HORUS (SONATA FOR KEYBOARD) – in g# minor (F.M.F. EP. #2) | AsteriskedMusic.Com

Horus (Sonata for Keyboard) – in g# minor

"The Proud Bird," by Romansk V., taken from [SteemIt.Com]; this image is used with the permission of its creator. This is a depiction of Horus.
“The Proud Bird,” by Romansk V., taken from [SteemIt.Com]; this image is used with the permission of its creator.
This episode of Friday Music at Five features “The Proud Bird,” by Roman Skvortsov. This is a depiction of the ancient Egyptian god of Horus. What grabbed my attention in this piece is the artist’s choice to reimagine the ancient two-dimensional Egyptian images and render it in three dimensions with very interesting color choices for the shading. I also like the extreme colorfulness of the god and the proud, confident, intelligent expression on its face. The background is vague and dark, while the bird is colorful and highly distinct. The curve and sharpness of the beak, the haughty look in the bird’s eye, the musculature of the face; all of these things suggest a masculine vitality, power, and fearlessness.

 

 

The Egyptian Renaissance

It has occurred to me that we may be on the verge of a renaissance of rediscovering the deep roots of the Abrahamic religions, which really do go back as far as Egypt; and even further, into the days of Hammurabi and Sumer. However, Egypt particularly is where many of the archetypical stories that are cherished by the Jews, Christians, and Muslims originate. It is also interesting that, according to legend, in the times of the sons of Noah, Egypt was the seat of authority for Shem; from which he exercised God’s justice on Earth.

This is important because the Post-Modern Structuralist intellectual narrative has begun to unravel. People are seeking a new way of developing a relationship with being. Consequently, one of the most popular intellectuals of our time is Dr. Jordan Peterson, whose Biblical Lecture Series represents a deep dive into the intellectual roots of the Western Tradition and morality. Part of what led to the rejection and death of God in the nineteenth and twentieth centuries was an ossified understanding of this tradition.

 

The Christ Story of Horus

What better symbol for this rebirth of the Western Tradition than that of Horus, the ancient Egyptian christ figure. According to ancient Egyptian tradition, Osiris is murdered by his brother Set. Osiris’s wife, however, reassembles the corpse of Osiris, engages in intercourse with it, and gives birth to Horus. Horus is regarded as the resurrected form of Osiris.

Horus, therefore, represents the divine masculine; that which overcomes death and destruction.

 

Some Notes on Horus (Sonata for Keyboard) – in g# minor

This piece expresses a major philosophical theme. That is, the backdrop to life is struggle and hardship. Death always lies in wait for us. However, we can overcome this. We are not linear creatures. We are creatures of light. Death, darkness, and hardship exist in order that the heroism of our being can shine against it like eternal stars in the night sky.

The harmonic trajectory of the piece is rising dominant-tonic resolutions. The first movement is in g# minor, which is a tumultuous key, to my ear. The second movement is in c# minor, which is the darkest key, to my ear. The final movement is in f# minor, which has a spiritual energeticness.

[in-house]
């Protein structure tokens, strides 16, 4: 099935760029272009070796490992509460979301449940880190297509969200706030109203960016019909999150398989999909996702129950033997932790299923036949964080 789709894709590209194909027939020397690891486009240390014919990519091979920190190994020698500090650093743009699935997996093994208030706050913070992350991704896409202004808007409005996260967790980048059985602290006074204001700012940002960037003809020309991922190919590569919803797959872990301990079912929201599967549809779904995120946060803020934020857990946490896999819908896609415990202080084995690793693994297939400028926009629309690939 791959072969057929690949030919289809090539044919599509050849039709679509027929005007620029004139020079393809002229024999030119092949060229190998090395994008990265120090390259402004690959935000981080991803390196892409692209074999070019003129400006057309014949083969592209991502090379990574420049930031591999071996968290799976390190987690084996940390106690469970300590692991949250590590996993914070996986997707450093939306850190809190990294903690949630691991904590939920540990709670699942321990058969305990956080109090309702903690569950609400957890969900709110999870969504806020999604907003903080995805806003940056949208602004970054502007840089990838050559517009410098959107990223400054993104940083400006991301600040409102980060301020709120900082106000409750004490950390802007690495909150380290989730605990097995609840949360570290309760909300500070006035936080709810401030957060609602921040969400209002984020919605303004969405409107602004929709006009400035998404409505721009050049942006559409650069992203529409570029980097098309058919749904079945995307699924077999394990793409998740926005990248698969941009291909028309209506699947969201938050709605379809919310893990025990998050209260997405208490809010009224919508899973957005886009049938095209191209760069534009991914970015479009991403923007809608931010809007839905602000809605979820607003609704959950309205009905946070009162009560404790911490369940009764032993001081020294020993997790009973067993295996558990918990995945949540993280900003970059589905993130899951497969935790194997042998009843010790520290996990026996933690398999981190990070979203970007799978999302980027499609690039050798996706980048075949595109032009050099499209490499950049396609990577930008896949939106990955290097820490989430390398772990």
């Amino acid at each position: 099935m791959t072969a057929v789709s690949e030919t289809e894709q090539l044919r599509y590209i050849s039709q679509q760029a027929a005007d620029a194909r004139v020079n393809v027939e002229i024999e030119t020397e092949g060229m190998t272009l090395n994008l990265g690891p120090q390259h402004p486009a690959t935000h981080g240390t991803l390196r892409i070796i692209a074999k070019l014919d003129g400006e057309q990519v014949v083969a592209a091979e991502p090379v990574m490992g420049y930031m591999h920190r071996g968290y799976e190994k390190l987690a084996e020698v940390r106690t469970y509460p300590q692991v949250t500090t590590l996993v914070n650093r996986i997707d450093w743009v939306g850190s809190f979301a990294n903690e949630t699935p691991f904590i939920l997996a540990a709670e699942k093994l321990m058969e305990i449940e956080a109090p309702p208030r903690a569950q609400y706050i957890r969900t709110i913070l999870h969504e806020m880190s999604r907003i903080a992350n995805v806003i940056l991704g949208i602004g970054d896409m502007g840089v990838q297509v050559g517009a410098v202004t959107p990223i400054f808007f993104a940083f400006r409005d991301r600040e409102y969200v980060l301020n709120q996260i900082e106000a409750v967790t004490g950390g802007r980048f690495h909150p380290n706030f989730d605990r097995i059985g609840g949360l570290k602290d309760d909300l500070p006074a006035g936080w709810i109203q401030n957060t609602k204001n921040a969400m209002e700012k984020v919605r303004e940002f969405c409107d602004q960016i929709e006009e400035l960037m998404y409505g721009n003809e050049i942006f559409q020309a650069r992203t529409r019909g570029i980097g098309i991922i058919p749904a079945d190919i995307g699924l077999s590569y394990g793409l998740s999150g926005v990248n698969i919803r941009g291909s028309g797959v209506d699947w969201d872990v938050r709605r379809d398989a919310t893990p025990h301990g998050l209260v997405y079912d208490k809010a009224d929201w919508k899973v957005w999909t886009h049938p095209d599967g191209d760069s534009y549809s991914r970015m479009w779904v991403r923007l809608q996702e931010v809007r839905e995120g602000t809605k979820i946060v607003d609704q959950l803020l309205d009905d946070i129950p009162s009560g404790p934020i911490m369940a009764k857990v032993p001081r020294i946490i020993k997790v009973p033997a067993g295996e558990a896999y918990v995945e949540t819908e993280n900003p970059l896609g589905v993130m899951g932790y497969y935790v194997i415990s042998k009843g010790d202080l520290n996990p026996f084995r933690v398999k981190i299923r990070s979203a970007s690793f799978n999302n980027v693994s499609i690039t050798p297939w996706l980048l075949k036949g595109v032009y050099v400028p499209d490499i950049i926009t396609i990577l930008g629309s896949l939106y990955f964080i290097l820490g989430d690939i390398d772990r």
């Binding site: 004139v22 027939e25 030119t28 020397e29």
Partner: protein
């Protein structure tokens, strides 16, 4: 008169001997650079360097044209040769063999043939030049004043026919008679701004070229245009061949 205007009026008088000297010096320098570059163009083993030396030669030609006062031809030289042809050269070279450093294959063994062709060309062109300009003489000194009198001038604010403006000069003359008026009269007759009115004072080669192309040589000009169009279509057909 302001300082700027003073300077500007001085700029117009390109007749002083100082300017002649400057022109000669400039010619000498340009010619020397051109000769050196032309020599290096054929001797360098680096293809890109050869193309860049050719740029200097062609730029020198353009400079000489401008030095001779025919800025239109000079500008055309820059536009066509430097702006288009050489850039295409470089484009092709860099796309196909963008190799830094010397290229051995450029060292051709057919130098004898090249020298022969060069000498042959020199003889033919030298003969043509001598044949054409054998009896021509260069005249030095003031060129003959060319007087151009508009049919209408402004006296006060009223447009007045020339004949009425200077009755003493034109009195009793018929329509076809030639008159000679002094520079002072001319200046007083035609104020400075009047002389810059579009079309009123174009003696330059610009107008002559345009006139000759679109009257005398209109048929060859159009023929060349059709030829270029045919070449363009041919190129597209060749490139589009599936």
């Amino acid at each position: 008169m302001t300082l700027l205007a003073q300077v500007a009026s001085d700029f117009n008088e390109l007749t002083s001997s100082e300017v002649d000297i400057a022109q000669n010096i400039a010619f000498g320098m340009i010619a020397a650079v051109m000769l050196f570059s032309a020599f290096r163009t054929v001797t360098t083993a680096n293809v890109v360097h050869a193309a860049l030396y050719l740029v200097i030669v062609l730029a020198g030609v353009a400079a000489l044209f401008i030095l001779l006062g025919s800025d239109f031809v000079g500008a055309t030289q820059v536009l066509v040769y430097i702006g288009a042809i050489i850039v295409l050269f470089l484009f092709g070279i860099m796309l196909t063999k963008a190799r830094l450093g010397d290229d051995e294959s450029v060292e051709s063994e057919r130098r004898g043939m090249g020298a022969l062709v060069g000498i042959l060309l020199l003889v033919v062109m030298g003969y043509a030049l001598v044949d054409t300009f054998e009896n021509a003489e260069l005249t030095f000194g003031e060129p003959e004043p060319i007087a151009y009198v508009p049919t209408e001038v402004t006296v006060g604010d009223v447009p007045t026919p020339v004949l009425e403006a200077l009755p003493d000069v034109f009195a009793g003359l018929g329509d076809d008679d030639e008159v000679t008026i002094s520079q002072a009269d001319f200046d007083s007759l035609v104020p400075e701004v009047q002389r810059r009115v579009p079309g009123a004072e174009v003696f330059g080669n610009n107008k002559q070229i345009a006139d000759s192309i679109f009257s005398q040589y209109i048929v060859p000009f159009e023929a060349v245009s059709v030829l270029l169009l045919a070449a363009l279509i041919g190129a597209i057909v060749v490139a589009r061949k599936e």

First Movement – Vivace

This movement is in a modified sonata form. This movement begins with a trill ostinato. The upper note of the ostinato traces a simple melodic line against the tonic bottom. This is the main theme. The countertheme is in the relative B Major. It is slower and melodic. The countertheme goes directly into a development section. The countermelody, rather than the main theme, undergoes development. In the recapitulation, the two themes are combined polyphonically and polytonally.

The modification of the form reflects three things. Firstly, the backdrop of life is death and struggle. Secondly, although that is the case, the contrasting, heroic living power is far more worthy of our attention and is what undergoes development in being. Finally, in the end, we live before death’s face with courage, grace, and defiance, even as it pursues to end us.

 

Second Movement – Dirge

This is a funereal movement in ternary form. The general form of this movement is ‘ABA,’ where each section also undergoes a certain amount of thematic development. The first iteration of the ‘A’ section is an Adagio that expresses a quiet shock of loss. The first reaction to death is often not overwhelming emotion, but rather an inability to process the fact of loss. The ‘B’ section is a somewhat faster Allegretto, where one recalls the living force of the one lost. The return of the ‘A’ section is in a higher, less shocked and somber register. Here, the emotional outpouring of the loss comes into experience.

 

Third Movement – Allegro

This movement is in a truncated sonata form. The main theme is a defiant, aggressive, fearless birdsong. The counter theme is a much softer, melodic theme in the relative major. This theme undergoes some brief development on the way back to the recapitulation. The final section of the piece is simultaneously a development section and long, raucous, sped-up CODA dominated by a few variations of the main theme, ending in a brief recapitulation of the counter theme in the parallel major (technically, the Mixolydian mode) of the main key (F# Major).

Although the main key of this movement is in the minor, the main theme is extremely lively. This is done to suggest that, although the backdrop of life is struggle and death, in the end, the power of the divine masculine merely shines that much brighter against the dark.

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